“So today we continue to see a sustained campaign by influential individuals and organizations to make life really hard for Muslim communities trying to build mosques or even religious cemeteries.” She also cited “217 proposals in 43 states to ban Muslim religious arbitration.”
Noreen Nasir, a video journalist on race and ethnicity for the Associated Press said she was in the seventh grade when the terrorist attacks occurred. “A lot of us were old enough to remember when 9/11 happened but still young enough to have been impacted in our identity and our search for ourselves as young Muslims,” she said. “We are learning a lot from those who are younger—folks who are stronger in their understanding of who they are—and are still being made to answer for the event, even though they were either not alive or not old enough to remember what happened.”
Nasir spoke of the many working-class Muslim Americans, especially in the New York and New Jersey areas, who were “detained without cause and disappeared off the streets…their families didn’t know where they were, and eventually they were deported.”
“This affected their children, who were my age,” she said. She described the son of a father who was arbitrarily detained following the 9/11 attacks. “He was in eighth grade and he came home from school, just like I did that same day, and his father was gone, and he had no idea where he was—for months. So while there is a whole range of experiences of what Muslim American millennials had to confront, I want to make sure we don’t forget the more sinister things that really had an impact on working-class families.”
Nasir decided to wear the hijab in the summer after 9/11. “I took on this visual representation of what Muslims were and are.” In many ways, her actions were prompted by pressure to represent her community. “And when I look back at that, it makes me feel a little sad at times,” she said. “I think a lot of younger Muslims are coming at it in a different way—from a more holistic approach of who they are as young Muslims. But they still feel the remnants of the bias and the discrimination that happened after 9/11 and continues to happen today.”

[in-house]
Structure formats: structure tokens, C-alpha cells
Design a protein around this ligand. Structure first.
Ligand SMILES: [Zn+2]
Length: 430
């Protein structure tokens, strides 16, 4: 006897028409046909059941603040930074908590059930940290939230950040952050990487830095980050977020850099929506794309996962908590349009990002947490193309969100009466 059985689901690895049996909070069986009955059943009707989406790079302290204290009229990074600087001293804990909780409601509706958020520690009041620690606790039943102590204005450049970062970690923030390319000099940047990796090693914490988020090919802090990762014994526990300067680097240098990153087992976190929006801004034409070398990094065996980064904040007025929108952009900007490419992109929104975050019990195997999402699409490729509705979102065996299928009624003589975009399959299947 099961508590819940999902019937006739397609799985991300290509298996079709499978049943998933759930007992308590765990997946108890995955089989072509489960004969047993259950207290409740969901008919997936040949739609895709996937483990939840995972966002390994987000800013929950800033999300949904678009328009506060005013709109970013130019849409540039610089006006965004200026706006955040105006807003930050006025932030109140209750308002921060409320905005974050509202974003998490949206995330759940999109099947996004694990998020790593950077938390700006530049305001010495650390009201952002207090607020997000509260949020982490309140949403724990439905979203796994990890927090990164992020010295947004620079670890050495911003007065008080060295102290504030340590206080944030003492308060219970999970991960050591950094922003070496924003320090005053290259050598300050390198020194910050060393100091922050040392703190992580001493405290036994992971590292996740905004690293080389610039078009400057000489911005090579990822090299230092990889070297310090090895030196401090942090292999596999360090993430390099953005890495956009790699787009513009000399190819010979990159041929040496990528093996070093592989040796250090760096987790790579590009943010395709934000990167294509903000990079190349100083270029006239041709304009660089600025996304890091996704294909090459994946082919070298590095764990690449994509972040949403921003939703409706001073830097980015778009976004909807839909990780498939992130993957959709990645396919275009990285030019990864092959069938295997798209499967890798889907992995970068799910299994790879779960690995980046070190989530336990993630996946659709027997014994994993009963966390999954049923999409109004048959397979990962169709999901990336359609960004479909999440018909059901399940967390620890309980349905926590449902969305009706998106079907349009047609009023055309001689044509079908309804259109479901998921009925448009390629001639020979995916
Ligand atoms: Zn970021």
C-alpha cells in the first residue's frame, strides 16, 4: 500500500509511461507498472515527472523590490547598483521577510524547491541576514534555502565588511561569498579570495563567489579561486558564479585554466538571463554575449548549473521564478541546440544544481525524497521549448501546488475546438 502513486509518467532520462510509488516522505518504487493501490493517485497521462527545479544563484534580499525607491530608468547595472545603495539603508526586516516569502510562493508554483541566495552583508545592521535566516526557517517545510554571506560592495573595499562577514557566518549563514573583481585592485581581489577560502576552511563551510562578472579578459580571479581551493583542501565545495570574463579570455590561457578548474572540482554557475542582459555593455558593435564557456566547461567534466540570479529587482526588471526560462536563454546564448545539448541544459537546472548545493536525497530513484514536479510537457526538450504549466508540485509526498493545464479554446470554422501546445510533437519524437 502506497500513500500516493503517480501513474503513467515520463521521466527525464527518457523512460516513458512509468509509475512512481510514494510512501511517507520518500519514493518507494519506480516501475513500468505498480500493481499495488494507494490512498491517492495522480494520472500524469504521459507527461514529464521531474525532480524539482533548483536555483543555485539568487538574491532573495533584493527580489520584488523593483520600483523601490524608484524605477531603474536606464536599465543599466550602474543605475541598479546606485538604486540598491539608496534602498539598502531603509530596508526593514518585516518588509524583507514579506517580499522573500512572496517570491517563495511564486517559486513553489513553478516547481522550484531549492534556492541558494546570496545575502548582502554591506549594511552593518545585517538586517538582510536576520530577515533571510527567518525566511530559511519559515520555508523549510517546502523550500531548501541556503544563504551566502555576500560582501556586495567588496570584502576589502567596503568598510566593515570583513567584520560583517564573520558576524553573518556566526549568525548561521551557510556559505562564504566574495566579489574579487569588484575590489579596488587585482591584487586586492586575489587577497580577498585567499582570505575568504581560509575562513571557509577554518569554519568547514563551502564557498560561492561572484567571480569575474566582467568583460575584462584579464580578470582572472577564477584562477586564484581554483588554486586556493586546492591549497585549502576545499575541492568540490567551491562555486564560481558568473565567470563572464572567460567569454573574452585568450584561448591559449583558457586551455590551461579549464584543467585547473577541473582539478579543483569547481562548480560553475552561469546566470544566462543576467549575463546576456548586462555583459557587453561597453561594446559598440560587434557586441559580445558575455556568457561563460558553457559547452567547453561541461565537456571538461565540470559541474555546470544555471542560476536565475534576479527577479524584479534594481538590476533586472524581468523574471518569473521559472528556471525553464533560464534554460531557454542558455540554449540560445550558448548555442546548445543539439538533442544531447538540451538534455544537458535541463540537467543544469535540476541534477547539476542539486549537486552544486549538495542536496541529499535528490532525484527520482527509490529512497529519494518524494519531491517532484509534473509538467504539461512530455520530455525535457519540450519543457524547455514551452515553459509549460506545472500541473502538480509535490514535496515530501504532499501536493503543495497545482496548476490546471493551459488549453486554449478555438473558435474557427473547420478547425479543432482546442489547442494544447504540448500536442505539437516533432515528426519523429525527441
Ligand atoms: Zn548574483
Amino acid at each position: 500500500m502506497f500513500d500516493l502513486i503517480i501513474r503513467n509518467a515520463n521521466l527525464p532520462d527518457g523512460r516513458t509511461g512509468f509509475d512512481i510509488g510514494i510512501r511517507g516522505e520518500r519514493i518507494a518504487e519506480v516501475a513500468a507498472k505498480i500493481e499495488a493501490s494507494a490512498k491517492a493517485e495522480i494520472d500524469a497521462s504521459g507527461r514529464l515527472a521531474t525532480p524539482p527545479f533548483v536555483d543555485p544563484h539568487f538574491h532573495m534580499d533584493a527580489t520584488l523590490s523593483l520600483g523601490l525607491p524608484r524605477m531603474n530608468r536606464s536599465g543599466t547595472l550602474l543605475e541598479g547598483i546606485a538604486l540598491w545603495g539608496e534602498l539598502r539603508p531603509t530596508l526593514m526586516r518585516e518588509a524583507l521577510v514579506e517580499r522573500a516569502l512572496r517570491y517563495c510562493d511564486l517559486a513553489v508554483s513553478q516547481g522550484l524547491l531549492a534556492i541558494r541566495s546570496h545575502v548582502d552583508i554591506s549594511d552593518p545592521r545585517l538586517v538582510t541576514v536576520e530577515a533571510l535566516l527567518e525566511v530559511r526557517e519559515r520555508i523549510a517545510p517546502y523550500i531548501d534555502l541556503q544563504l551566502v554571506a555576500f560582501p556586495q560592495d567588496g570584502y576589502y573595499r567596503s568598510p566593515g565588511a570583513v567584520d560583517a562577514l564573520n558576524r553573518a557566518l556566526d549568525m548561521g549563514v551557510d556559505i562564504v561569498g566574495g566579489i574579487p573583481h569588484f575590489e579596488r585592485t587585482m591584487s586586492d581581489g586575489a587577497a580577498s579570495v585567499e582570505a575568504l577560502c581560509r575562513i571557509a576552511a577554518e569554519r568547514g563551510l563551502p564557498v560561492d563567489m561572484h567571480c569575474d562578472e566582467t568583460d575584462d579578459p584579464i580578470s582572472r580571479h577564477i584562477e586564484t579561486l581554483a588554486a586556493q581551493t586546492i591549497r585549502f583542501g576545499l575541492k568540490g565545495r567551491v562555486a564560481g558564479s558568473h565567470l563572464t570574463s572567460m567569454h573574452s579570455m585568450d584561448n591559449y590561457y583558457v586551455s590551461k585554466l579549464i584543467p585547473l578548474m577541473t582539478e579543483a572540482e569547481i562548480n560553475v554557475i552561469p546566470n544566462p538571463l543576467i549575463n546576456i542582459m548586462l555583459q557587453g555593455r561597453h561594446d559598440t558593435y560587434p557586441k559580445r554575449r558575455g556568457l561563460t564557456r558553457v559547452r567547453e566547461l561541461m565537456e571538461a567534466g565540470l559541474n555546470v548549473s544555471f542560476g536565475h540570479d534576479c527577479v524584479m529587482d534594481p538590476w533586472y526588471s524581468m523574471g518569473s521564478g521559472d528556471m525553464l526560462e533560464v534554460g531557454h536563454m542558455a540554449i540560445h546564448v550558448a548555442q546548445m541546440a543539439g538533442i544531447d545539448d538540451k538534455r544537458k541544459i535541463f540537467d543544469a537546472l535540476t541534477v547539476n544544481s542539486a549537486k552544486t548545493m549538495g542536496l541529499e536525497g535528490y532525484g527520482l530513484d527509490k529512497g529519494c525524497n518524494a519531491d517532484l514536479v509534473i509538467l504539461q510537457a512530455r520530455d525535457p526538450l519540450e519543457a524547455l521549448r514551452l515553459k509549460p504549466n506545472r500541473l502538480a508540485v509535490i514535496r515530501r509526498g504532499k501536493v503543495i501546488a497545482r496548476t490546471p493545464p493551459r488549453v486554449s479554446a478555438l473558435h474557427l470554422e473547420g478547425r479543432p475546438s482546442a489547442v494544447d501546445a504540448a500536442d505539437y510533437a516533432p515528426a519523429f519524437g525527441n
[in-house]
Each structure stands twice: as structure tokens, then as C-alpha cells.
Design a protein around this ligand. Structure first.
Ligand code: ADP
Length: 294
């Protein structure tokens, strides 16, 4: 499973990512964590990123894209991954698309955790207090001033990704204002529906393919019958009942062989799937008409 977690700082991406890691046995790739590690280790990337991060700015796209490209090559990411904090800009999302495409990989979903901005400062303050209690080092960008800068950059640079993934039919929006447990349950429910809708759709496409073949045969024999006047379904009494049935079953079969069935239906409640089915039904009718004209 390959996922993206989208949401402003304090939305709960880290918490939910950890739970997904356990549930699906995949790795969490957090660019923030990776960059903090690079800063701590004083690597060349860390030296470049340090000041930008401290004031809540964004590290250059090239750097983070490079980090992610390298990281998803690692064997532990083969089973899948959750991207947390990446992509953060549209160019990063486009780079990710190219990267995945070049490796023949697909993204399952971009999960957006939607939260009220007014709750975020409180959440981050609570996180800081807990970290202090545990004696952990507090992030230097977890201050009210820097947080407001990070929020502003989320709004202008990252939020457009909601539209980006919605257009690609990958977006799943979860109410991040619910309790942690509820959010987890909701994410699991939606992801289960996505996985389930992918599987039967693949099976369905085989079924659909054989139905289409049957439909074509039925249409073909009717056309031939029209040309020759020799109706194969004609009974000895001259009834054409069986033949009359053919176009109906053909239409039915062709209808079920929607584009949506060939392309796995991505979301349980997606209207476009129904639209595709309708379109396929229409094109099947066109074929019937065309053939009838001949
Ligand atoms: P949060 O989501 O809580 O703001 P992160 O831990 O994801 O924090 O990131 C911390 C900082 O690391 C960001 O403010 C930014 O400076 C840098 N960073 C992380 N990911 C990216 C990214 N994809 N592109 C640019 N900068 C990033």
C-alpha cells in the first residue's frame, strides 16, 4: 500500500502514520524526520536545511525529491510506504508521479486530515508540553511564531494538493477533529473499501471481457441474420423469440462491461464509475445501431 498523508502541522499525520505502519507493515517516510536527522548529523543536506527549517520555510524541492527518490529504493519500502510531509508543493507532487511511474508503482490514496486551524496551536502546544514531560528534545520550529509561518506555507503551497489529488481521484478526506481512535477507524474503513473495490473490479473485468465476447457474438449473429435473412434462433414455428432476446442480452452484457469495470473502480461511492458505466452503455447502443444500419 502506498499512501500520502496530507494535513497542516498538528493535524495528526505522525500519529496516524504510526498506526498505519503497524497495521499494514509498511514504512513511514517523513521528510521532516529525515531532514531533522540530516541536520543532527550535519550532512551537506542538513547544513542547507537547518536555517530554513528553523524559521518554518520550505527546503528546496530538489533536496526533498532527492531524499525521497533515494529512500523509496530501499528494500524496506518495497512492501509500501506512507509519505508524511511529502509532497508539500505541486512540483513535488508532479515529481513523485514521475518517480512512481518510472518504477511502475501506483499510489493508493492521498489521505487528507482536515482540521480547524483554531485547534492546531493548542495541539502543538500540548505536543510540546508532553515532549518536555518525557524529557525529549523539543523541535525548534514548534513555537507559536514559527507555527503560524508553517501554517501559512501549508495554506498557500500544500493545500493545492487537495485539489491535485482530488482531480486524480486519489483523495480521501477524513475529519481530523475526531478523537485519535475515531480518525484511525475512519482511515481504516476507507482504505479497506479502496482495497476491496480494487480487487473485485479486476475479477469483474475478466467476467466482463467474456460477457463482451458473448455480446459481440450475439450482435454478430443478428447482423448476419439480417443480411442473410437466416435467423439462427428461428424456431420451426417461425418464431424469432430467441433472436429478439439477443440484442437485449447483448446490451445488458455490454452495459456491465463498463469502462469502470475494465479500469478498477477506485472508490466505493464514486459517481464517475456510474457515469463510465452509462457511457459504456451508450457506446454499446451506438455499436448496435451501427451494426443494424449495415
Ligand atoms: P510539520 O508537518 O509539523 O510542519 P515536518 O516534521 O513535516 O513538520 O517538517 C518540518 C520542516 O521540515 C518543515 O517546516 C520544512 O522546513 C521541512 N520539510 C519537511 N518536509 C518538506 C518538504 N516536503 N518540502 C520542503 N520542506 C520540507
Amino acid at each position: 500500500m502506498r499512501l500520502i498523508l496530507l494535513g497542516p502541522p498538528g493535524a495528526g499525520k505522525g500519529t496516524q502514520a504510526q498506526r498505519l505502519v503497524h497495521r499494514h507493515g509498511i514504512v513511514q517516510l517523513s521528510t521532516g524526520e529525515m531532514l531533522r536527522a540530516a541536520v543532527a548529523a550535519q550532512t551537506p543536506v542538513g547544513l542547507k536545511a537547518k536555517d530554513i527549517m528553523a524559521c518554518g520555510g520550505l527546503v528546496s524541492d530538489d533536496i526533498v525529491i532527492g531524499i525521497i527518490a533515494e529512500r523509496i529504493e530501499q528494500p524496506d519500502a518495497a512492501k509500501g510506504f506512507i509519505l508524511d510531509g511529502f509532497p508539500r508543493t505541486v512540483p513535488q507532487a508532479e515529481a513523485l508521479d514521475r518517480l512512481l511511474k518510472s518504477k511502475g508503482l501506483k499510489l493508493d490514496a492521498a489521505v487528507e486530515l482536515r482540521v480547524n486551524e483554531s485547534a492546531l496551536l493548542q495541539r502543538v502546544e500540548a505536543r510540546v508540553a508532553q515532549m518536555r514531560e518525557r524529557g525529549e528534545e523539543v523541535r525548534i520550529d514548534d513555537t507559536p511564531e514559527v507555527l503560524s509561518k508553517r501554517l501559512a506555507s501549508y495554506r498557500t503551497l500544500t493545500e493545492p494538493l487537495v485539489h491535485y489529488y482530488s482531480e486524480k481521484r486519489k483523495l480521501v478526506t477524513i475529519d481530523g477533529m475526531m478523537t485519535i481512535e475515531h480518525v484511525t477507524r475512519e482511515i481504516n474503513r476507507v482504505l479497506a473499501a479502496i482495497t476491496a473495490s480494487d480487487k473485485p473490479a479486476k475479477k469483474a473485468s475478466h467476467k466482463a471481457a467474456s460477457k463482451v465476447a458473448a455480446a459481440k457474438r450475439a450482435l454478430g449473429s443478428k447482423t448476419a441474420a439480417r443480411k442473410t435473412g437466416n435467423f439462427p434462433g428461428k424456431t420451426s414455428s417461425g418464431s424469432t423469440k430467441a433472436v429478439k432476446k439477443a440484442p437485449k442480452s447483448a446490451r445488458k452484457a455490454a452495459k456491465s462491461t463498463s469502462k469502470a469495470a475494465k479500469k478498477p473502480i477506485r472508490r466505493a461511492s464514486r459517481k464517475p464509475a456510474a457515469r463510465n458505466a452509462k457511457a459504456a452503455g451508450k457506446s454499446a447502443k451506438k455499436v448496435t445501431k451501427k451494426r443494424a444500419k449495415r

Abdelaziz pointed out that the oldest population of Muslims in the country is African American; that the overall population of U.S. Muslims has doubled since 9/11; and that the fastest-growing segment of the total population is Latino Muslims.
“Unfortunately, one of the obvious ways that diversity has been simplified is by only talking about folks who are Arab or Middle Eastern or come from South Asian descent,” she said. “We see it in journalism, we see it in entertainment—films, Hollywood—and it really squashes the racial component of the diversity of our faith.”
Besides affecting official policies, that over-simplification has led to numerous problems, such as an increase in anti-Muslim hate crimes. “Muslim women tend to be at the forefront of that hate because of their very visible markers.” Muslim men, by contrast, are “racially ambiguous—you don’t really know who they are unless you have spoken to them.”
The consensus of the panelists was that 9/11 took a heavy mental toll on young Muslims. “I don’t think we can underestimate just how pervasive and severe it was,” Abdelaziz said. She agreed with Nasir, that “younger Muslims nowadays are a lot more confident—they’ve seen what folks from my generation and the older have gone through, they’ve witnessed an injustice they feel compelled to speak up against, there’s a lot more courage, there’s a lot more education, there’s a lot more activism—and there are just a lot more Muslims.”
“Statistically speaking, we are a lot more likely to be in positions of power and influence,” she said.“I think that’s what makes me hopeful.”